An action-packed and high stakes scenario continues to unfold in the remote forests near the ocean in the Lost Coast area in the Mattole River watershed that has all the elements of an action film—courageous people risking life and limb perching atop tall trees and blockade structures, masked security crawling up a tree to cut food and water supplies, respected elders trekking out to the middle of a dirt road in the pre-dawn darkness, and even cute fuzzy critters hanging on to their declining population by a thread. It would be good viewing, but we want to change the channel, save the trees and the cute fuzzies and come around to something sustainable.
(Photo is Sonoma Tree Vole, prey of Spotted Owls, looking for nest materials in tree-sitter Rook’s tree)

Our last alert on June 17  covered a dramatic mono-pod blockade in mid June. The month has looked something like this, up in the beautiful but threatened forests of the Mattole:

(links to our press releases and other for the stories)

Just before the June 12 action camp was due to open,

June 3  on brink of Timber Harvest Plan (THP) approval, Lear security and other HRC personnel established a presence in the forest.

June 5 Loggers arrive

June 6 Forest defenders head into the woods.

June 8 Rook ascends a 200 year old tree.

June 10 Septegenarian pre-dawn blockade

June 12 Action camp opens with people traveling in from all over

June 13 Masked climber goes up Rook’s tree, cutting down her gear, food and water and cutting branches all around her perch.

June 17 Ladder mono pod blockade

June 20 Vole photos go out on news wires

June 24 After resupply arrest and excavator arrest, total = 10 arrests; there have been several since then.

June 25 Multi Generational Blockade
…Many more plans in the works. Plus Action Camps coming up in August.

Meanwhile, the non-profit Lost Coast League moves forward with their challenge to HRC’s sustainable certification, based on widespread herbicide use (exposing their plans for plantation forestry) and targeting of high conservation value forests for cutting. As a LCL spokesperson said, “HRC can’t have it both ways—Legally, they can fragment the last stand of this kind in California, but they cannot call it sustainable.” Their certification ends up being a lie.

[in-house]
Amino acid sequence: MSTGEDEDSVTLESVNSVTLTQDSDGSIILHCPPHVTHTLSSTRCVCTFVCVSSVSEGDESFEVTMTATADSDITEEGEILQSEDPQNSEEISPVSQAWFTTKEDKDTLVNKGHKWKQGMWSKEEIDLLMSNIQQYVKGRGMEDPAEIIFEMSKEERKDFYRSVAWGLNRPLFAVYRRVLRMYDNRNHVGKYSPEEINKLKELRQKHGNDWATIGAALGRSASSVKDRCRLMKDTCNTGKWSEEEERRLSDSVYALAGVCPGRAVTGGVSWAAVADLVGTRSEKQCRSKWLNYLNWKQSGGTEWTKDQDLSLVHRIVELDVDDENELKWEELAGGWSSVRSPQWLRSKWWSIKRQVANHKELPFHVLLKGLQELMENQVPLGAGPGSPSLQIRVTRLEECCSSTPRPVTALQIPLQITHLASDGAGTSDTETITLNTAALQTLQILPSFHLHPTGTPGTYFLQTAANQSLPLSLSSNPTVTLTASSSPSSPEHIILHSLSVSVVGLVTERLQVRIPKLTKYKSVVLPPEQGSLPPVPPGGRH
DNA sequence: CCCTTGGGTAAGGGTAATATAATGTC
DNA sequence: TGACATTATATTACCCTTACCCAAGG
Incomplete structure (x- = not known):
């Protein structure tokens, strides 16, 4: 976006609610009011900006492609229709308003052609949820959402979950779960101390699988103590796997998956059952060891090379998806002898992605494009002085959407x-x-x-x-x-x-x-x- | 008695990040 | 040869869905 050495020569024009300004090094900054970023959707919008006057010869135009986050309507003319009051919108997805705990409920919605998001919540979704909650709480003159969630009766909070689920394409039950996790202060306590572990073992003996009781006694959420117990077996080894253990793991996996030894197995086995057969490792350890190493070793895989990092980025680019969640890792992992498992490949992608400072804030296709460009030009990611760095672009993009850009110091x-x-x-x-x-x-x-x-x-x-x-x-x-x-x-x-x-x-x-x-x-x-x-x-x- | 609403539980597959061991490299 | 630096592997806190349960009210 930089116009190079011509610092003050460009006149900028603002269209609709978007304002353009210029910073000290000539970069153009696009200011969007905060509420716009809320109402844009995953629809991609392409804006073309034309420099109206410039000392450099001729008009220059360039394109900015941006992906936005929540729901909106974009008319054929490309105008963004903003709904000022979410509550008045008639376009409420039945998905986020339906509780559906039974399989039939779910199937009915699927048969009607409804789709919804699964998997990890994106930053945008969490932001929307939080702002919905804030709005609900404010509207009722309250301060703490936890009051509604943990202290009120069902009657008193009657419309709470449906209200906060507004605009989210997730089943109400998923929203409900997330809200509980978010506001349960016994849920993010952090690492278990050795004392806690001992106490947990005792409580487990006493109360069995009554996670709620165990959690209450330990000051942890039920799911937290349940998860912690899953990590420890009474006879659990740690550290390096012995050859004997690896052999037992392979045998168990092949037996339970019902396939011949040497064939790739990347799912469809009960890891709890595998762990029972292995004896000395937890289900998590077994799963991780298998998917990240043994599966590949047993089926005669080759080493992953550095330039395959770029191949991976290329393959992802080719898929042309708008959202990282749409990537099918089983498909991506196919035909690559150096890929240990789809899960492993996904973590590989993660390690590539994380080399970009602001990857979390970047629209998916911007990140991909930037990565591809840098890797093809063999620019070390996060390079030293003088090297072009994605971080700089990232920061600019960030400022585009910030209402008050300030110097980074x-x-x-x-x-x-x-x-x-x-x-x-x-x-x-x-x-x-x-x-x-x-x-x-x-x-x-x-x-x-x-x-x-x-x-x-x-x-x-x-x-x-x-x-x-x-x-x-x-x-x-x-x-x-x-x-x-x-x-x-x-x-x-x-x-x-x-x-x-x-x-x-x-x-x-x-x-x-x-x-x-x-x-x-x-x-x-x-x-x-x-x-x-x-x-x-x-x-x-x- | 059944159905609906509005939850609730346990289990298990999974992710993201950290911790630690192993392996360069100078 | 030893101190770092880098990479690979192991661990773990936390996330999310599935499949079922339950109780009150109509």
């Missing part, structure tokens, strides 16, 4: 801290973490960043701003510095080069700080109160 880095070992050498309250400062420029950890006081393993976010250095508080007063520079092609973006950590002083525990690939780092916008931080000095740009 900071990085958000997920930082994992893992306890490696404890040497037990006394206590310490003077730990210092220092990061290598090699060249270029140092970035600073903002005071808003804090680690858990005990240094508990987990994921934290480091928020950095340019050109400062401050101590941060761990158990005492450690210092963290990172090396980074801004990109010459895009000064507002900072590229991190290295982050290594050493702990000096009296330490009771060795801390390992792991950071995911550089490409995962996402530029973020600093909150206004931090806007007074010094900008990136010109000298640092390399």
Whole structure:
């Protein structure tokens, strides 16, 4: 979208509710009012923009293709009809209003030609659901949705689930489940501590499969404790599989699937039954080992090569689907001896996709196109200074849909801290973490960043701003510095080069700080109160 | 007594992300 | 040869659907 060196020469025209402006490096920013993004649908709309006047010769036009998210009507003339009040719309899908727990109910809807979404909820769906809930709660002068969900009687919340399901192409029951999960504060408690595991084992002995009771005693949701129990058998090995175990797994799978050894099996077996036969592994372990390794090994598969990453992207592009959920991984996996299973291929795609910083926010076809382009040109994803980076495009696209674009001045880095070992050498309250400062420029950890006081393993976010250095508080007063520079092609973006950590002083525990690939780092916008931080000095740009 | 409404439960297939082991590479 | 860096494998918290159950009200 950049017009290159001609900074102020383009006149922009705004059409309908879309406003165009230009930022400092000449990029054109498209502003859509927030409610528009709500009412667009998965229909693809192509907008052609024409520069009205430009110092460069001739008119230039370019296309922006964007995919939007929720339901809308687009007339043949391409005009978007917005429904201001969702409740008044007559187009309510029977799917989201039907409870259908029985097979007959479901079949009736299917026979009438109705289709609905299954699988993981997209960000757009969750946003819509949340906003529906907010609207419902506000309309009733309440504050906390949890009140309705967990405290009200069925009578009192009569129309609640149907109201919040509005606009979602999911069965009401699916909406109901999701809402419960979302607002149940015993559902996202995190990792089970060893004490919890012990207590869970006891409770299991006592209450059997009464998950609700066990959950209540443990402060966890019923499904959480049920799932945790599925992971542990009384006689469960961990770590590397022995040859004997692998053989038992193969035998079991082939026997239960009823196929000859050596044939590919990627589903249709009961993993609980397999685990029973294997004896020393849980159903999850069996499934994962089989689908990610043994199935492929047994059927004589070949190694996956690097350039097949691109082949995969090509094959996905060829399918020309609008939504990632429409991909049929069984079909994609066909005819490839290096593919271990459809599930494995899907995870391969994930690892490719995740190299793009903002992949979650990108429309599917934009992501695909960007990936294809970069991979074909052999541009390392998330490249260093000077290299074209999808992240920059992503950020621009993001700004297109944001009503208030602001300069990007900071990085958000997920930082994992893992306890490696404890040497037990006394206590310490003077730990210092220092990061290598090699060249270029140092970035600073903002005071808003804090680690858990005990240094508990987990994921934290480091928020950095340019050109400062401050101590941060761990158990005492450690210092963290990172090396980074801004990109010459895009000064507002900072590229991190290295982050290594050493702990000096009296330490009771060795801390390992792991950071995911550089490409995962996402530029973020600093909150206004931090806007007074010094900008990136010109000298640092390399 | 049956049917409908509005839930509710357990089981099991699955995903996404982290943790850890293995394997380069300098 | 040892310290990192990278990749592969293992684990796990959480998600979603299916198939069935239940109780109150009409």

This forest is high value in terms of fisheries and habitat, and is the very last intact coastal native forests and prairies.

Direct action and grassroots organizing to protect the Mattole Forest from industrial logging has a history dating back to the 1990s, when Charles Hurwitz’ Maxxam corporation was fiercely logging and liquidating the assets of Pacific Lumber, former owner of 200,000 acres of forestland in northern California. When Humboldt Redwood Company acquired the former PL property in 2008 after PL filed for bankruptcy, they promised to end clearcutting and preserve old-growth forest.

Since 2014, there have been tree-sits, road blockades and other direct action on Rainbow Ridge, stopping most of the logging there. The forest defenders have also monitored the forest, uncovering valuable information about the state of the forest and where the most vulnerable areas are.

Others in the southern Humboldt community have, over many years, carried out cutting edge restoration on the riparian areas, bringing back healthy fisheries through those efforts.

Things have now come to a head in June 2019.

Check out the forest defenders pages to see how to support or participate in the on-going forest defense:
Save the Mattole’s Ancient Forest on facebook–check out the amazing photos
gofundme page
@blockadebabes on Instagram

August Action Camps flyer
See the the Lost Coast League’s site for in depth information.


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